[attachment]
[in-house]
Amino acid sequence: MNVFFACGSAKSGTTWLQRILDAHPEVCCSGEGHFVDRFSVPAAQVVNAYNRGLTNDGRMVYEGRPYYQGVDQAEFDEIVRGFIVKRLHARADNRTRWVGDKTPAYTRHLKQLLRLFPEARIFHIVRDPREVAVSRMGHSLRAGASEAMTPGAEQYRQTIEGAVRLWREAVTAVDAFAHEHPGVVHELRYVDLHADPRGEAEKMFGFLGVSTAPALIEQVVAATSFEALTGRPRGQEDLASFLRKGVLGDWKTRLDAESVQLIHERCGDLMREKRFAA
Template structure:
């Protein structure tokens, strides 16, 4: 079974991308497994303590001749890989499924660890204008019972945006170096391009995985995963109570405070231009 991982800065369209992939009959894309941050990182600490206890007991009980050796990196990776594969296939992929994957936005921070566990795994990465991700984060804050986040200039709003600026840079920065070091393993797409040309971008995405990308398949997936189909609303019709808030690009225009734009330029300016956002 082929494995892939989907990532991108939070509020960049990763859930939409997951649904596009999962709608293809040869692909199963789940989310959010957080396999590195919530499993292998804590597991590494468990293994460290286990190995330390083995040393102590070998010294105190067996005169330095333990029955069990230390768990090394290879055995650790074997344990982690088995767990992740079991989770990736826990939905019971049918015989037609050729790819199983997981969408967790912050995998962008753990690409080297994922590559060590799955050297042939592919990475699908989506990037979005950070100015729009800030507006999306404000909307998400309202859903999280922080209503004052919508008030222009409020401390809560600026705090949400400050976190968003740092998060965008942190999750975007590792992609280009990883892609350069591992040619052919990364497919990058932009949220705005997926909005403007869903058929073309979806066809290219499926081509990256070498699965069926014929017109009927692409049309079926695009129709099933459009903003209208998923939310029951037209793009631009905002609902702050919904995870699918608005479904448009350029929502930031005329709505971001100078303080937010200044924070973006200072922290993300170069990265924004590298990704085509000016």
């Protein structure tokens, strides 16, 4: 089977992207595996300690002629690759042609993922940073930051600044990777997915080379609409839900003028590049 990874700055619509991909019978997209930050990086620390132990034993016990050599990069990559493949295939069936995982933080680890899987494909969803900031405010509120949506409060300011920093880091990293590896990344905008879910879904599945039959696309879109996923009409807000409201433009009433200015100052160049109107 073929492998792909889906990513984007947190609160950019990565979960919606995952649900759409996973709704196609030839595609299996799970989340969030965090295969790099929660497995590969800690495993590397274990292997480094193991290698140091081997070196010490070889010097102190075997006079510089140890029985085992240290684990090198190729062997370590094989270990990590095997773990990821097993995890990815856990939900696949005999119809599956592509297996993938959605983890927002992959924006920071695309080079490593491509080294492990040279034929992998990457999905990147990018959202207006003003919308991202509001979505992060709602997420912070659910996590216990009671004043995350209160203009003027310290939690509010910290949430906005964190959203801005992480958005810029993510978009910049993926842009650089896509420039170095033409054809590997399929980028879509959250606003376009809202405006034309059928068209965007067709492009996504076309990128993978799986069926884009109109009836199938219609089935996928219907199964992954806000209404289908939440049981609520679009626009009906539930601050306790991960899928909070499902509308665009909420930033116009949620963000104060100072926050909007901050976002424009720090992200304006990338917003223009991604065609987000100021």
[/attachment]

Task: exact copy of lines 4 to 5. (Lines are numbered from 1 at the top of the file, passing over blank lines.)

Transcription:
């Protein structure tokens, strides 16, 4: 079974991308497994303590001749890989499924660890204008019972945006170096391009995985995963109570405070231009 991982800065369209992939009959894309941050990182600490206890007991009980050796990196990776594969296939992929994957936005921070566990795994990465991700984060804050986040200039709003600026840079920065070091393993797409040309971008995405990308398949997936189909609303019709808030690009225009734009330029300016956002 082929494995892939989907990532991108939070509020960049990763859930939409997951649904596009999962709608293809040869692909199963789940989310959010957080396999590195919530499993292998804590597991590494468990293994460290286990190995330390083995040393102590070998010294105190067996005169330095333990029955069990230390768990090394290879055995650790074997344990982690088995767990992740079991989770990736826990939905019971049918015989037609050729790819199983997981969408967790912050995998962008753990690409080297994922590559060590799955050297042939592919990475699908989506990037979005950070100015729009800030507006999306404000909307998400309202859903999280922080209503004052919508008030222009409020401390809560600026705090949400400050976190968003740092998060965008942190999750975007590792992609280009990883892609350069591992040619052919990364497919990058932009949220705005997926909005403007869903058929073309979806066809290219499926081509990256070498699965069926014929017109009927692409049309079926695009129709099933459009903003209208998923939310029951037209793009631009905002609902702050919904995870699918608005479904448009350029929502930031005329709505971001100078303080937010200044924070973006200072922290993300170069990265924004590298990704085509000016």
């Protein structure tokens, strides 16, 4: 089977992207595996300690002629690759042609993922940073930051600044990777997915080379609409839900003028590049 990874700055619509991909019978997209930050990086620390132990034993016990050599990069990559493949295939069936995982933080680890899987494909969803900031405010509120949506409060300011920093880091990293590896990344905008879910879904599945039959696309879109996923009409807000409201433009009433200015100052160049109107 073929492998792909889906990513984007947190609160950019990565979960919606995952649900759409996973709704196609030839595609299996799970989340969030965090295969790099929660497995590969800690495993590397274990292997480094193991290698140091081997070196010490070889010097102190075997006079510089140890029985085992240290684990090198190729062997370590094989270990990590095997773990990821097993995890990815856990939900696949005999119809599956592509297996993938959605983890927002992959924006920071695309080079490593491509080294492990040279034929992998990457999905990147990018959202207006003003919308991202509001979505992060709602997420912070659910996590216990009671004043995350209160203009003027310290939690509010910290949430906005964190959203801005992480958005810029993510978009910049993926842009650089896509420039170095033409054809590997399929980028879509959250606003376009809202405006034309059928068209965007067709492009996504076309990128993978799986069926884009109109009836199938219609089935996928219907199964992954806000209404289908939440049981609520679009626009009906539930601050306790991960899928909070499902509308665009909420930033116009949620963000104060100072926050909007901050976002424009720090992200304006990338917003223009991604065609987000100021």